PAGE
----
Author: Keira DrakeEdition: ARC I borrowedRating: 4 Stars
I've already published a discussion about this book tackling the racism aspect. In the end of that discussion I do admit that I think there are veins of racism in the book and that's unacceptable, though I think the reaction of some people was over the top. I'm very glad the publisher is taking it back in to deal with these aspects, because they do need to be dealt with. However, I do believe books deserve to be taken on their own, as well, and looked at from a plot, character, and writing perspective. This is the same respect and honor we give to classics. I'm not saying this is a classic, but I think it should be given some respect in the same regard.
The Continent is about a girl from the privileged country called the Spire who ends up on the Continent, a land still caught in a deadly war. Unprepared for this tragedy she must carve a new life and find a way to survive.
First of all, the writing is beautiful. I was stunned by the language used and the elegant strokes used to define and describe that still let my mind wander and create them on my own. The dialogue in particular was some of my favorite. There was a specific cadence to the writing and language that was like music in my mind. This aspect of the book truly blew me away.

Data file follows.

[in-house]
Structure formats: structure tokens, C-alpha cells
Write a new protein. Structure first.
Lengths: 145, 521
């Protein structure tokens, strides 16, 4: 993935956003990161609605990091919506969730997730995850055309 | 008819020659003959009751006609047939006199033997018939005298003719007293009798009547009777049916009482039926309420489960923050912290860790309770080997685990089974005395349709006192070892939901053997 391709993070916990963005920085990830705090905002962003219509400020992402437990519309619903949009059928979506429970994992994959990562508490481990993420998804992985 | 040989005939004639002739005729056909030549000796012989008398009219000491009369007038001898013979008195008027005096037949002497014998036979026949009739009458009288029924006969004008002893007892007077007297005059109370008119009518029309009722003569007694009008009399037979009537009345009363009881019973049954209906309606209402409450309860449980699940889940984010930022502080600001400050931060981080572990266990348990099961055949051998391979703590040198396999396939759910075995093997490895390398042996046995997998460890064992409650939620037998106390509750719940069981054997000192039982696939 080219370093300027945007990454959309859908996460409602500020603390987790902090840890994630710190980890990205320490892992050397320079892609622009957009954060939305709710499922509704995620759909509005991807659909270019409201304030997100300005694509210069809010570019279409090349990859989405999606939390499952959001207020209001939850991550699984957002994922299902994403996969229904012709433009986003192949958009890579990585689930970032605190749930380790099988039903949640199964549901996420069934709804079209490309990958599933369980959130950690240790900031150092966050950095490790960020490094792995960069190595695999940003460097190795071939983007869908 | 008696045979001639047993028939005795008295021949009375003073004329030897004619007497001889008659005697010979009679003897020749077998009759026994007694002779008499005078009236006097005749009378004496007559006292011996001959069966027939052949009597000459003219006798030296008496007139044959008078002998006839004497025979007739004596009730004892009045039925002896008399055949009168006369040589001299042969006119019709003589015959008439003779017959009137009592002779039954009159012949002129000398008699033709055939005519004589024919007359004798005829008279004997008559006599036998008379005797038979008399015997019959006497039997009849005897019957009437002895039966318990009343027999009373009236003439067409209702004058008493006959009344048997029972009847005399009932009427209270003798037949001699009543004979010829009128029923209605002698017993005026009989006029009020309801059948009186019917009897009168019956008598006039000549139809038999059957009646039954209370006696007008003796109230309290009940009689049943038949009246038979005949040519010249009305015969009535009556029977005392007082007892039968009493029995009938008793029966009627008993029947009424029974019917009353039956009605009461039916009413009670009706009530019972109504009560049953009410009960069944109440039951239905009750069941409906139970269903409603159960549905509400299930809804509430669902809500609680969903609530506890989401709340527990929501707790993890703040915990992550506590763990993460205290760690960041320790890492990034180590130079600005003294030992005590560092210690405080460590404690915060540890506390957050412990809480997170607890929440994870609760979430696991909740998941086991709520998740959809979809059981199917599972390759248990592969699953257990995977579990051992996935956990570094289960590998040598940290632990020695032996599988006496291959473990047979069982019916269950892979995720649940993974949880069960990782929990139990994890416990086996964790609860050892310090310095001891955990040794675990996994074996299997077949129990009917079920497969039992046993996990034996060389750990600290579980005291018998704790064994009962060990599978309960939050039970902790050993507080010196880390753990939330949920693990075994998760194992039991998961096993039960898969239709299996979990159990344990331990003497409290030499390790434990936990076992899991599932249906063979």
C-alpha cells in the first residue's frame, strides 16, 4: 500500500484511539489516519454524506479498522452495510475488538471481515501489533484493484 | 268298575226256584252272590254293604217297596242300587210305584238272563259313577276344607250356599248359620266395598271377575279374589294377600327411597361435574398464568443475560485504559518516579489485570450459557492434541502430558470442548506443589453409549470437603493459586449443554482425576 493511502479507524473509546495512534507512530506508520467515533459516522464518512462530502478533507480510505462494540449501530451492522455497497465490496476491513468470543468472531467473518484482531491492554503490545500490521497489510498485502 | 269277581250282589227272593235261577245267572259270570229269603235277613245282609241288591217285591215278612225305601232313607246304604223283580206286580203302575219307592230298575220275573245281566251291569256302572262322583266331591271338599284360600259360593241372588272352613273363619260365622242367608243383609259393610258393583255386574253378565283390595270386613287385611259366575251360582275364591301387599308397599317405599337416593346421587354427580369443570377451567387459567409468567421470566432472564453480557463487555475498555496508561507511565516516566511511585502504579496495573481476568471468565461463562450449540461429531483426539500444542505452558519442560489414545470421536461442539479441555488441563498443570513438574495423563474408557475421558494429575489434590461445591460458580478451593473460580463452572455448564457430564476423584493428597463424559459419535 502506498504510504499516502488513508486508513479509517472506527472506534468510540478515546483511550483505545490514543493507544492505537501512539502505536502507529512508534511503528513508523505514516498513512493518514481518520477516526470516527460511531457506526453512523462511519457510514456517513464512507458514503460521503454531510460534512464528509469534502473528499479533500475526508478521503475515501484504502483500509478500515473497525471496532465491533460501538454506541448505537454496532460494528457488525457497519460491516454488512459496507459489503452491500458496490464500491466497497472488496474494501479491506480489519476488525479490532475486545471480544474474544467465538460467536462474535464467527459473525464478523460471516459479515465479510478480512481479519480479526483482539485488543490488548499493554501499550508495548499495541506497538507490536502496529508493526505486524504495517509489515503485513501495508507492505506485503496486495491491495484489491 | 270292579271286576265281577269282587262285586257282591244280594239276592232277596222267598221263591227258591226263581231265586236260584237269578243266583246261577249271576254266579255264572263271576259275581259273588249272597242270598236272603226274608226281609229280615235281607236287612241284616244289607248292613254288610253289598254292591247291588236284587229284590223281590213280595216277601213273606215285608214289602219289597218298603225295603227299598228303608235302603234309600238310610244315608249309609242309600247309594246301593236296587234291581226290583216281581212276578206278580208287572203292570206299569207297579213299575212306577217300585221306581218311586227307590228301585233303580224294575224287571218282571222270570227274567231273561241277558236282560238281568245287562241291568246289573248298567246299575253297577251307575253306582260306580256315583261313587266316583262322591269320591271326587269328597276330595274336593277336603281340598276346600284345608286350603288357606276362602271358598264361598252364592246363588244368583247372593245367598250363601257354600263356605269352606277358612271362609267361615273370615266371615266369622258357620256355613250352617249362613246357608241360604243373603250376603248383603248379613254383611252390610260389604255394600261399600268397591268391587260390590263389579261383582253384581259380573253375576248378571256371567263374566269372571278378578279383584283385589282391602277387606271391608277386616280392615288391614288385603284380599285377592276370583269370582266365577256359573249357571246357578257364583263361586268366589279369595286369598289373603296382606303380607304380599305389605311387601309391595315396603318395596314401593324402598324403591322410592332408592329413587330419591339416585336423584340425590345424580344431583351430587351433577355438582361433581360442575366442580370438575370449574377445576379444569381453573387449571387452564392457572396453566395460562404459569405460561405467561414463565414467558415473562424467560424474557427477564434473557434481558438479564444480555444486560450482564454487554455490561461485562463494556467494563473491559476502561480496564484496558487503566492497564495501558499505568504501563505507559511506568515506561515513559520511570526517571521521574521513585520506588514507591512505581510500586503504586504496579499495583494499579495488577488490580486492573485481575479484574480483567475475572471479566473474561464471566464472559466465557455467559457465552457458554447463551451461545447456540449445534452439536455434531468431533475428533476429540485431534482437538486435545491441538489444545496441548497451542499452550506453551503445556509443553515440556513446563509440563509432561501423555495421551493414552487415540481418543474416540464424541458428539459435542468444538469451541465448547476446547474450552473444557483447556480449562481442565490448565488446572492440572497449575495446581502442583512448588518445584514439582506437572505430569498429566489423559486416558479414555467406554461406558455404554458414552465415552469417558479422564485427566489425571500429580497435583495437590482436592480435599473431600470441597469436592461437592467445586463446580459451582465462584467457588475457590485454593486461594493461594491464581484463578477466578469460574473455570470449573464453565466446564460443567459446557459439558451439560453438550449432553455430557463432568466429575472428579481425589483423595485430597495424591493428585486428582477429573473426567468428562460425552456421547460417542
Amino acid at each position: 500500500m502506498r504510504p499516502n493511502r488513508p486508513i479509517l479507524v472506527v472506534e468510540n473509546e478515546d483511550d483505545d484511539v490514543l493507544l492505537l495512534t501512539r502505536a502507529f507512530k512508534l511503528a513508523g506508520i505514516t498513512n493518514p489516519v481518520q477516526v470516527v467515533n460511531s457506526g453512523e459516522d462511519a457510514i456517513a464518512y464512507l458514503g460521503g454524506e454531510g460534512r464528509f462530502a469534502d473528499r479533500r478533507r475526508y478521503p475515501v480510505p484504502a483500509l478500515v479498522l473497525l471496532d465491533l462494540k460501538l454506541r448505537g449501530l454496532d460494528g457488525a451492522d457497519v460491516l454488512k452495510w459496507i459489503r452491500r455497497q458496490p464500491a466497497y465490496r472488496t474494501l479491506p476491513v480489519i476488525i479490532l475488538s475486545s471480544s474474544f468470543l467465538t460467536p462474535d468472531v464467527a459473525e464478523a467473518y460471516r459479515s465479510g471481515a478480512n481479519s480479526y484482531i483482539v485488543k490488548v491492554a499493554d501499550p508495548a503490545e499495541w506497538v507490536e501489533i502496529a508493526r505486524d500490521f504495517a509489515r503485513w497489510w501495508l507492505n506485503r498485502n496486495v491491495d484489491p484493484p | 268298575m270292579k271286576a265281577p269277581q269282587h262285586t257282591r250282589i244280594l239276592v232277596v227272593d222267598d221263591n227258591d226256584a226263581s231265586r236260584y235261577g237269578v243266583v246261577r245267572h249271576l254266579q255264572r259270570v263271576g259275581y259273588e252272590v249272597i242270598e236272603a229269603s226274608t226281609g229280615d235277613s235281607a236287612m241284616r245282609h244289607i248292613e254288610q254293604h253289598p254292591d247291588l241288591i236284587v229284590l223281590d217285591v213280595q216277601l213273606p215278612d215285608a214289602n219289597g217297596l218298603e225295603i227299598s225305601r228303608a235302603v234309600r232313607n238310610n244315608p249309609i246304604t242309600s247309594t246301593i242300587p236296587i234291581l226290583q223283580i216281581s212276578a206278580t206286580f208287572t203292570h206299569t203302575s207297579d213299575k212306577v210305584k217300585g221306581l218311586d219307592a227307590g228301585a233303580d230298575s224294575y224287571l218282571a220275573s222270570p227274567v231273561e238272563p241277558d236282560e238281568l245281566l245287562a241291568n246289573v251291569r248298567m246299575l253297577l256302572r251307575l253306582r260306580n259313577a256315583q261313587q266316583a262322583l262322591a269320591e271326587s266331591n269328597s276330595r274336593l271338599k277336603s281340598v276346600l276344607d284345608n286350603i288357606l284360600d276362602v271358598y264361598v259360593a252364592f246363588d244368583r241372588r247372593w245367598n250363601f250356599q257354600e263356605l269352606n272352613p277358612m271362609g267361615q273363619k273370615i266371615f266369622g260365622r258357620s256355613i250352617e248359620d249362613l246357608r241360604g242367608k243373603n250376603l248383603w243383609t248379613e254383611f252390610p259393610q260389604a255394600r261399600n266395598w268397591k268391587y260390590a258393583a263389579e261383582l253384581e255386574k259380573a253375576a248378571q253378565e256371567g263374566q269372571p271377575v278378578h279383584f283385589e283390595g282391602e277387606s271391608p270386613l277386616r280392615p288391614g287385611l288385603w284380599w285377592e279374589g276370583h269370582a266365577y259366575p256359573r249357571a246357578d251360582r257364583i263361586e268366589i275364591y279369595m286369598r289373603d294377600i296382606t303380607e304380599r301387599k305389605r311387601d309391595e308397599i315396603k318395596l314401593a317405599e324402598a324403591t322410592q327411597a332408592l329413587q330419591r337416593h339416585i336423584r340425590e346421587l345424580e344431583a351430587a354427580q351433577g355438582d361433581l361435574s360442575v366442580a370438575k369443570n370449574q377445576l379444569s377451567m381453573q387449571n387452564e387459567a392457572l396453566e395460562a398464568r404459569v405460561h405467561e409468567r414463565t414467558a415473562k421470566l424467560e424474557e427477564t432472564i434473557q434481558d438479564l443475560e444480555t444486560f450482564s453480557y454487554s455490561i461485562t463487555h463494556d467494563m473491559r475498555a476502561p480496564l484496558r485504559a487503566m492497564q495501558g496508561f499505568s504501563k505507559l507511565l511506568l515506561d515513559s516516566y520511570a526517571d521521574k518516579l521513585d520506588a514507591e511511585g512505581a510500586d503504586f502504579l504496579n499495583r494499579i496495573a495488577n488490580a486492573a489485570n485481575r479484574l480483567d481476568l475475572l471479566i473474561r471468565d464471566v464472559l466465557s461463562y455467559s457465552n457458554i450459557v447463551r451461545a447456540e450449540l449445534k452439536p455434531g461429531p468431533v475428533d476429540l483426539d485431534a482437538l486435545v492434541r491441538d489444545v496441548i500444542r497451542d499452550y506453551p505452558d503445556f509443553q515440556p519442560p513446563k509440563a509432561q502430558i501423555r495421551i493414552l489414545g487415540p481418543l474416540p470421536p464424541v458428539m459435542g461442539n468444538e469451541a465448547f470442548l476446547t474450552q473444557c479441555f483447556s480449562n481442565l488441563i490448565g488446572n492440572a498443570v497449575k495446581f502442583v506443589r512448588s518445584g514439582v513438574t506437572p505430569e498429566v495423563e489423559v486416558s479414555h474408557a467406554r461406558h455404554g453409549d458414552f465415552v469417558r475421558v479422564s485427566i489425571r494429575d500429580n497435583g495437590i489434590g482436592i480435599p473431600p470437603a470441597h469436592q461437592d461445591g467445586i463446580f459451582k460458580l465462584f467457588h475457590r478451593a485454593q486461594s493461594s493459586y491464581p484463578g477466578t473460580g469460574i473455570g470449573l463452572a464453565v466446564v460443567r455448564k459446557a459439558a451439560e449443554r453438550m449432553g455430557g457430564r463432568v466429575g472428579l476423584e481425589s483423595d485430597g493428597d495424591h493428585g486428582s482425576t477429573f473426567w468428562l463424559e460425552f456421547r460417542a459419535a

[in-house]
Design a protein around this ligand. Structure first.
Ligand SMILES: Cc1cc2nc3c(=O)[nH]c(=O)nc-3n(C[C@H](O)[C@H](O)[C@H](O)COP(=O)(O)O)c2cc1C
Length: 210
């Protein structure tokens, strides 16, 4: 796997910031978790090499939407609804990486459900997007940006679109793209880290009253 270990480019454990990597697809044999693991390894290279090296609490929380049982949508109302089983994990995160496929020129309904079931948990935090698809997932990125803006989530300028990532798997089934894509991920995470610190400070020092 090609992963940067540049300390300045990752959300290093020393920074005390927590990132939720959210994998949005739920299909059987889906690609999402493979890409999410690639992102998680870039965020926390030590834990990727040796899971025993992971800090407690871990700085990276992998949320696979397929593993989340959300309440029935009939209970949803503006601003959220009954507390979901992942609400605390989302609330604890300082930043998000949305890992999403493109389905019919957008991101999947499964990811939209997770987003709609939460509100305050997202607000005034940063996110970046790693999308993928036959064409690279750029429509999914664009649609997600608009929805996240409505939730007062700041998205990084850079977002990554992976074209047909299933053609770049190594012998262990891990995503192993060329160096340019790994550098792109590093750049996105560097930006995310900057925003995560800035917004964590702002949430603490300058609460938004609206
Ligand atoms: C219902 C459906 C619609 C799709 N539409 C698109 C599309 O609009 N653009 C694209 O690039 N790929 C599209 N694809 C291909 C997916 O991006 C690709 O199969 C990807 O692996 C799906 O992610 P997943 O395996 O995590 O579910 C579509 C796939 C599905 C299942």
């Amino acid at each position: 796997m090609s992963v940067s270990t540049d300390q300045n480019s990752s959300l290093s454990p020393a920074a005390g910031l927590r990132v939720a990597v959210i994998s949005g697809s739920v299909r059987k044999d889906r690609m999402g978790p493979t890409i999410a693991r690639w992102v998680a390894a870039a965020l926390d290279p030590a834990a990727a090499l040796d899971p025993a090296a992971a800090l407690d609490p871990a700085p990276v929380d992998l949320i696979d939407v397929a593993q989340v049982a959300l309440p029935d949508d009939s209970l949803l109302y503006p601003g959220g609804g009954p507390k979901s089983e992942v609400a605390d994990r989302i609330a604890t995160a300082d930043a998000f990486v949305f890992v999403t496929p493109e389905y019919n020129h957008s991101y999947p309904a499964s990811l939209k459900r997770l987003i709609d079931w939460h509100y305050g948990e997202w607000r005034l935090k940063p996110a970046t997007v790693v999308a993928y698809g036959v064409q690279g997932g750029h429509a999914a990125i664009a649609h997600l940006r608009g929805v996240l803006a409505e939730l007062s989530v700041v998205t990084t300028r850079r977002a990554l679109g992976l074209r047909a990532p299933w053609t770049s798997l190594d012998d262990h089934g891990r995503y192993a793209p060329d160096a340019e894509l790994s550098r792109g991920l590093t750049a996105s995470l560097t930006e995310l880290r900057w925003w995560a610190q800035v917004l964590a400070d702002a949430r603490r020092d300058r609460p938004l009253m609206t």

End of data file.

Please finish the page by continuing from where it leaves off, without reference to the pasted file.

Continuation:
As for the plot, I was truly surprised by how much I enjoyed it. I expected this book to be much closer to dystopian than fantasy and so I was thoroughly surprised that it was straight up fantasy. I appreciated it, because I'm not a huge fan of dystopian. Because it is fantasy there was a great deal of world building, and while there was some very interesting world building, I wish more time had been spent exploring the world building aspects of it, especially since the main character was a map maker.
Character-wise I liked everyone, but I didn't love anyone, which is where the book falters a lot. I didn't feel particularly connected to anyone, nor did I swoon over anyone. They weren't flat, per se, but they weren't alive enough for me to really feel invested or worried about them or their fates.
Excluding discussion of racism; the writing itself is beautiful and it's a pretty good fantasy, minus the world building and characters, who I just couldn't connect with.